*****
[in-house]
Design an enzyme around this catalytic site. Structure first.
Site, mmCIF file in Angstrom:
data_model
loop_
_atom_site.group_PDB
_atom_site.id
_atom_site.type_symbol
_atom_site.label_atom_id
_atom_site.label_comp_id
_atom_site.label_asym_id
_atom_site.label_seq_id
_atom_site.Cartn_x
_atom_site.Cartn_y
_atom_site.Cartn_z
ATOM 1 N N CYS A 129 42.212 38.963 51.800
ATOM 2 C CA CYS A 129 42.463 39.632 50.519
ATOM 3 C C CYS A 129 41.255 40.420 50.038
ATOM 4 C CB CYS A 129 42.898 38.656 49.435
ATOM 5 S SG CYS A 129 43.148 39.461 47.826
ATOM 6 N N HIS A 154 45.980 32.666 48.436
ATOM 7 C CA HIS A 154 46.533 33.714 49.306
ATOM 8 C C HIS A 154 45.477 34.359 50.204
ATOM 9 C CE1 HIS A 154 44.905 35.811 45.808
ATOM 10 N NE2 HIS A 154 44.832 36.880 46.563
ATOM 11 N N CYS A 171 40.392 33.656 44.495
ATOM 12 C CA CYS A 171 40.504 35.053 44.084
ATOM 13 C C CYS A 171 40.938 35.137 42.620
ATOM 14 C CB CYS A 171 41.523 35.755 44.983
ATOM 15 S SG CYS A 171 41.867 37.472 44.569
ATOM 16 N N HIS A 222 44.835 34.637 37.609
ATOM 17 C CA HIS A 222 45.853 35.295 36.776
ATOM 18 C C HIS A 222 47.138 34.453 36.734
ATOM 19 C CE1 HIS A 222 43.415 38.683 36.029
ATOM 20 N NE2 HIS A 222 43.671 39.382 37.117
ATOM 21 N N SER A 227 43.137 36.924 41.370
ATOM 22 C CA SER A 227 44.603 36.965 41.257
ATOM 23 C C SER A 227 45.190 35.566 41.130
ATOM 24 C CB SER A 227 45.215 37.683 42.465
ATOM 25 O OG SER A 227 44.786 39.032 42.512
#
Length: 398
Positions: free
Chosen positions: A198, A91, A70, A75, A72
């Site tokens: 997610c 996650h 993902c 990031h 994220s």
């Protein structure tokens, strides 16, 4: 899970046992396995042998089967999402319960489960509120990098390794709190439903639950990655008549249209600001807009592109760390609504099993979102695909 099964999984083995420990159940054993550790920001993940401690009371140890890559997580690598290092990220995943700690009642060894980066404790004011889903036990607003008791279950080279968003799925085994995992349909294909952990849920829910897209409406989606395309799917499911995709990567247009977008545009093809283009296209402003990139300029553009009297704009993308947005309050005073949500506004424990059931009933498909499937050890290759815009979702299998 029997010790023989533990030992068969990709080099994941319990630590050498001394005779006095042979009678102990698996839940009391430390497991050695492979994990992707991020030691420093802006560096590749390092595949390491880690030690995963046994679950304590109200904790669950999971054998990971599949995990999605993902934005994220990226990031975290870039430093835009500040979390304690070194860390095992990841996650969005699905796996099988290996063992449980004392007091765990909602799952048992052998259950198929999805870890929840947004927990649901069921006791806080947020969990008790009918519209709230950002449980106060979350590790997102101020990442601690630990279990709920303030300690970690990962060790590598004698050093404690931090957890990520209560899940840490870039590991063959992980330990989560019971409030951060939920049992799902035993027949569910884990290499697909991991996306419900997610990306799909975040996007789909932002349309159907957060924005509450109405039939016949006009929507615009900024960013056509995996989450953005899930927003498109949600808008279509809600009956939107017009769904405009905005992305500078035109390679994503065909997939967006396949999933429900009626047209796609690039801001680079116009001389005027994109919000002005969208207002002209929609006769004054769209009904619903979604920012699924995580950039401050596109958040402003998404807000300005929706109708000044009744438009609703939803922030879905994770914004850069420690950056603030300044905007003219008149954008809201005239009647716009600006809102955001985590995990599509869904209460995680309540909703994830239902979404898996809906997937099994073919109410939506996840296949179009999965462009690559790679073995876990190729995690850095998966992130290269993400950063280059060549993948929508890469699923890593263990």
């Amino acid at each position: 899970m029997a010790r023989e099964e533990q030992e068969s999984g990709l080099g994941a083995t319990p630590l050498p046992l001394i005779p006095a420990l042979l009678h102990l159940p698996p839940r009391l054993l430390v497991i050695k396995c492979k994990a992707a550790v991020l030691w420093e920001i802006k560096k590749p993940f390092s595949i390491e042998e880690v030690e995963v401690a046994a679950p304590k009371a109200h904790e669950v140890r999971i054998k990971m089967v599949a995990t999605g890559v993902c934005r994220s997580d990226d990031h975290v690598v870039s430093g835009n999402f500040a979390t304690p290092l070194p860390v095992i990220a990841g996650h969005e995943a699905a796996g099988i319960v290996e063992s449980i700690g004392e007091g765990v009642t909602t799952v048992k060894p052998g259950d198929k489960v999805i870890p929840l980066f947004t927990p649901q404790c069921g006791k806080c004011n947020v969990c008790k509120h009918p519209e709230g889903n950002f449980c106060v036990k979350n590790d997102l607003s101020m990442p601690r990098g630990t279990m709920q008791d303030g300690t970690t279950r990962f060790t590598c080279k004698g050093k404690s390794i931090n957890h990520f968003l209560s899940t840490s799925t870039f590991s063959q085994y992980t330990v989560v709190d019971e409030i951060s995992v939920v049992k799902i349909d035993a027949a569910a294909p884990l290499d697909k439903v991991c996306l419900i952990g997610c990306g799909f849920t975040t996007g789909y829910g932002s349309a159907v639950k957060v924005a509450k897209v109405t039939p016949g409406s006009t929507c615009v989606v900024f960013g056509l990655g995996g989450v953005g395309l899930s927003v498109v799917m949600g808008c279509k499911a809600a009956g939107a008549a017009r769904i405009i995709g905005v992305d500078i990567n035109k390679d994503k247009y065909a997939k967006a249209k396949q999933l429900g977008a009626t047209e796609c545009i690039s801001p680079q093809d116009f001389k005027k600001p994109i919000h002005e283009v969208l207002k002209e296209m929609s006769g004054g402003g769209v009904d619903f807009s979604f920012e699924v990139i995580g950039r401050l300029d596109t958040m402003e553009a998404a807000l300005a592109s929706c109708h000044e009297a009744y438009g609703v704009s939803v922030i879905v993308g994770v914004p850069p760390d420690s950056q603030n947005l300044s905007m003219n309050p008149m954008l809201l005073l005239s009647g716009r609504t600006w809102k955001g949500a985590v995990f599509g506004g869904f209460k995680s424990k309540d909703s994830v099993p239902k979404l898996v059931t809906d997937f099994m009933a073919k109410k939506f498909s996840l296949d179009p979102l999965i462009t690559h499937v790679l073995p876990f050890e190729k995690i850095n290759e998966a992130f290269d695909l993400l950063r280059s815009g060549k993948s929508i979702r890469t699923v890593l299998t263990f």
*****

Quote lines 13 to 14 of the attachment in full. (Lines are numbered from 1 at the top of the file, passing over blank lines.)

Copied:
_atom_site.Cartn_x
_atom_site.Cartn_y